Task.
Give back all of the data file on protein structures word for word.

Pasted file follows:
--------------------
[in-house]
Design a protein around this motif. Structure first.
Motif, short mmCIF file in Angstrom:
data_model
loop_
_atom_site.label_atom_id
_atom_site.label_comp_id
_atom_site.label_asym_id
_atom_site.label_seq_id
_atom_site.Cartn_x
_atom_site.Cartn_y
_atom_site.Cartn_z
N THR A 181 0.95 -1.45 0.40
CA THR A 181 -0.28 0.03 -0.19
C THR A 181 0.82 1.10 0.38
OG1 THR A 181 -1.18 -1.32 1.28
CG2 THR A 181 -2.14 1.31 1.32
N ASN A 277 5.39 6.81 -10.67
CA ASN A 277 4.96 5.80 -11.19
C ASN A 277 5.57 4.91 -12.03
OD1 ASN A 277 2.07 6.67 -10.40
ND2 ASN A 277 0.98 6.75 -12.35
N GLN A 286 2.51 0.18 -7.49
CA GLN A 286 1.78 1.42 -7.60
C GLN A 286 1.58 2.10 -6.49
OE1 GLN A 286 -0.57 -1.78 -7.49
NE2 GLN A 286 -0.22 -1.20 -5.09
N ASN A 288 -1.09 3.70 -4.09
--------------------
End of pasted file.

[in-house]
Design a protein around this motif. Structure first.
Motif, short mmCIF file in Angstrom:
data_model
loop_
_atom_site.label_atom_id
_atom_site.label_comp_id
_atom_site.label_asym_id
_atom_site.label_seq_id
_atom_site.Cartn_x
_atom_site.Cartn_y
_atom_site.Cartn_z
N THR A 181 0.95 -1.45 0.40
CA THR A 181 -0.28 0.03 -0.19
C THR A 181 0.82 1.10 0.38
OG1 THR A 181 -1.18 -1.32 1.28
CG2 THR A 181 -2.14 1.31 1.32
N ASN A 277 5.39 6.81 -10.67
CA ASN A 277 4.96 5.80 -11.19
C ASN A 277 5.57 4.91 -12.03
OD1 ASN A 277 2.07 6.67 -10.40
ND2 ASN A 277 0.98 6.75 -12.35
N GLN A 286 2.51 0.18 -7.49
CA GLN A 286 1.78 1.42 -7.60
C GLN A 286 1.58 2.10 -6.49
OE1 GLN A 286 -0.57 -1.78 -7.49
NE2 GLN A 286 -0.22 -1.20 -5.09
N ASN A 288 -1.09 3.70 -4.09